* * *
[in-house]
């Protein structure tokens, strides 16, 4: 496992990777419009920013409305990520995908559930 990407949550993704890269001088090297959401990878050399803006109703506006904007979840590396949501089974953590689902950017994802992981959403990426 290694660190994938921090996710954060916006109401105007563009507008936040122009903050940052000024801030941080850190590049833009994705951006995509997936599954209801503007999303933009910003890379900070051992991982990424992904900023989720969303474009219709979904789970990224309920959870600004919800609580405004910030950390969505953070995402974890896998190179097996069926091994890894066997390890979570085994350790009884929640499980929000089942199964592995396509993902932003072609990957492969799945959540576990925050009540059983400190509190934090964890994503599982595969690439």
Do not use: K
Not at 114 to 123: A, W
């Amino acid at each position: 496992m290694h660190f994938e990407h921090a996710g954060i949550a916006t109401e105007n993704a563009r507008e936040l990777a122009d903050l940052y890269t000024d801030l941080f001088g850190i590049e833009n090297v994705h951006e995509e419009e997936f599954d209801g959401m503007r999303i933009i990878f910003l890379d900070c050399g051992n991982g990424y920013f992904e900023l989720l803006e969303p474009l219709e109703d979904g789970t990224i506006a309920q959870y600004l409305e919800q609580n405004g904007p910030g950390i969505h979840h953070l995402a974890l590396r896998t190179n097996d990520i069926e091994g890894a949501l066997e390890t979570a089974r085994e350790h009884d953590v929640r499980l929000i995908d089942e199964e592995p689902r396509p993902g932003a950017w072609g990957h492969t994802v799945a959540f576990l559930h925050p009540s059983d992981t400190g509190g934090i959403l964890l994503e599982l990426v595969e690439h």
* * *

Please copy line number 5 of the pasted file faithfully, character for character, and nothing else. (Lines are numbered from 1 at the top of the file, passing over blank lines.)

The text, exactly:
């Amino acid at each position: 496992m290694h660190f994938e990407h921090a996710g954060i949550a916006t109401e105007n993704a563009r507008e936040l990777a122009d903050l940052y890269t000024d801030l941080f001088g850190i590049e833009n090297v994705h951006e995509e419009e997936f599954d209801g959401m503007r999303i933009i990878f910003l890379d900070c050399g051992n991982g990424y920013f992904e900023l989720l803006e969303p474009l219709e109703d979904g789970t990224i506006a309920q959870y600004l409305e919800q609580n405004g904007p910030g950390i969505h979840h953070l995402a974890l590396r896998t190179n097996d990520i069926e091994g890894a949501l066997e390890t979570a089974r085994e350790h009884d953590v929640r499980l929000i995908d089942e199964e592995p689902r396509p993902g932003a950017w072609g990957h492969t994802v799945a959540f576990l559930h925050p009540s059983d992981t400190g509190g934090i959403l964890l994503e599982l990426v595969e690439h």